Although Haring had a busy personal life and many self-aspirations, there were also a large amount of events on the outside that served as influences for the general population and Haring himself. A major oppressive force, though thankfully near its end around the 1980s, would be the Cold War. This period of tension between the United States and Soviet Union occurred from 1947-1990. It was a constant overhead mentality for most Americans, representing capitalistic roots and democratic governments when contrasted to Soviet values. While the Cold War may have renewed feelings of patriotism in America, it also made many people wary of communists in America, and the effects it may have. Haring shared the feelings of most other Americans, and wanted to do what he could to detest the communist movement. Probably his most daring statement of resistance, Haring created an artwork on a piece of the Berlin Wall in 1986.
The artwork upon structure embodying communist ideas was commissioned by the Checkpoint Charlie Museum. It spanned over 300 meters, depicting colors of the German flag in an effort to reunite the sides of Germany split by political differences. Another set of events, having its spearpoint of prevalence take place from the 1950s – 1970s, would be sets of minority movements: LGBT+, Feminism, and African-Americans. In the 1950s~, it was near almost a crime to identify as a homosexual. If you came out or were exposed as such, there was a legitimate risk of psychiatric imprisonment. It would be about 1965 that things would really begin to kick off for gay rights movements; the community garnering more support and willingness to rebel. June 28th, 1969 would be a monumental day for LGBT+ persons, taking place in the form of the Stonewall Riots. This watershed opportunity was members of the gay community rioting against a police raid. Ever since, in June, there have been pride parades to celebrate this moment. Even though there was a lot of fighting for inclusivity here, women and deeper skin tones were still underrepresented in many aspects of life. It would be this time that saw a rise in Feminist movements and the continuation of PoC community efforts. Feminism primarily hoped to garner traction in terms of respect and independency. African-Americans wished for similar things on grounds of respect and rights, forefronted by leaders such as Martin Luther King Jr.. Gay Pride as a whole is something Haring wholeheartedly took place in. Many of his artworks were dedicated to such things, and his efforts towards them played a role in progressing to where we are today. While Haring may not have been female or a PoC, he respected them as individuals and supported the activism. The 1980s would be the period that had a major effect on gay males.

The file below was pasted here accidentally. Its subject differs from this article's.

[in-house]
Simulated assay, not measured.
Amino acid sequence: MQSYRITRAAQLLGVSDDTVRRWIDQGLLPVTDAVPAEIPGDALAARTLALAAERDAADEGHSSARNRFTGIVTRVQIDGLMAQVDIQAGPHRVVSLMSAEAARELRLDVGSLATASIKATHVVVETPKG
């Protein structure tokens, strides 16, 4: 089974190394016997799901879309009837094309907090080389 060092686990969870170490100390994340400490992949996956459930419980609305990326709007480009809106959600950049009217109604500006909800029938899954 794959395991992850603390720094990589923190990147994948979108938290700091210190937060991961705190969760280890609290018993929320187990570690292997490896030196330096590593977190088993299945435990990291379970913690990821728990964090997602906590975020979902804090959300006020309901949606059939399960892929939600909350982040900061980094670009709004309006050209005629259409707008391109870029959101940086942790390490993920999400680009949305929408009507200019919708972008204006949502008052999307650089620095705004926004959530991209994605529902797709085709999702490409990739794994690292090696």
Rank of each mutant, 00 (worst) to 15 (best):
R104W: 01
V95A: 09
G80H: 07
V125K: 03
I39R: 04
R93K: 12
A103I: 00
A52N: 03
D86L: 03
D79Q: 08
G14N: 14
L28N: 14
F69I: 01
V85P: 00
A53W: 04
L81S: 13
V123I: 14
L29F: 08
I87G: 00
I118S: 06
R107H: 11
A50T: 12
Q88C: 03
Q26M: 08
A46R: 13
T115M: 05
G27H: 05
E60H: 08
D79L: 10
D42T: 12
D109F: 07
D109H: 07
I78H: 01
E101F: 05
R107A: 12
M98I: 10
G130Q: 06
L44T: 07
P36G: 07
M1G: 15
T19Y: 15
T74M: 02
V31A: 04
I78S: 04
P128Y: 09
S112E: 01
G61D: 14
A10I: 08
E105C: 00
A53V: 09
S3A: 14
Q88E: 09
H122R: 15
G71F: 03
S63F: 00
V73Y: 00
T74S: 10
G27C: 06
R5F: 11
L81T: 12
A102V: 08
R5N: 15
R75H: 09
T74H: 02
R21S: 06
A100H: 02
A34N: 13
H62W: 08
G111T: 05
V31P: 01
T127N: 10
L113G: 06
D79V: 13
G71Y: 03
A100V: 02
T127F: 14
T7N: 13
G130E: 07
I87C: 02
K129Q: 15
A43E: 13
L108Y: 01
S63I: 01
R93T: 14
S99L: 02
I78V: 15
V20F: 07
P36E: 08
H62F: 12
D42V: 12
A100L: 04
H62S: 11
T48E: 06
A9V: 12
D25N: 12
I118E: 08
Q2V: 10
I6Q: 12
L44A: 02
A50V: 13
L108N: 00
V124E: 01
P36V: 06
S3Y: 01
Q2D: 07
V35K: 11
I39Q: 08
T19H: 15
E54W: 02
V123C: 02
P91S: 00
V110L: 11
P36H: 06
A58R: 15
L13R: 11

Many men would contract AIDS, and the effects proved to be devastating. There were cries for a cure, and although many individuals and organizations put money into the efforts of finding a cure, it has yet to be proved fruitful. A large number died to the virus, and it was seen by right wing religious groups as punishment by god; an example of some groups views on these minorities still. As AIDS would later take Haring’s life, he was another face in many ravaged by this tragedy, though he did what was within his ability to help others like himself. Right beside the AIDS epidemic, there would be the incredibly widespread use of cocaine, or more so its condensed form, crack. There was an influx of cocaine being shipped into the U.S, and with the surplus of product, prices dropped drastically. Dealers condensed the cocaine into solid crack in efforts to boost sales and get rid of more product. Users of crack cocaine, or at least the ones who were open about their habits, rose from around 4.3 million to a stunning 5.8 million. As many sober Americans felt, Haring was entirely against this increase in drug use. Cutting down on the use and sales of crack cocaine became the focal point of a few of Haring’s most famous artworks, namely stating a slogan of Crack is Wack,’ along with visuals of skeletons and toxic fumes.
Keith Haring has done numerous things for the betterment and enjoyment of others. He has managed to turn the ordinary into the extraordinary from a young age. With the inspiration and help from others, he has been an activist and an icon of his time period. Haring made a style of art his own, cementing his name to his work, and through it expressing deep inner-morals and emotions. He is truly someone to be remembered.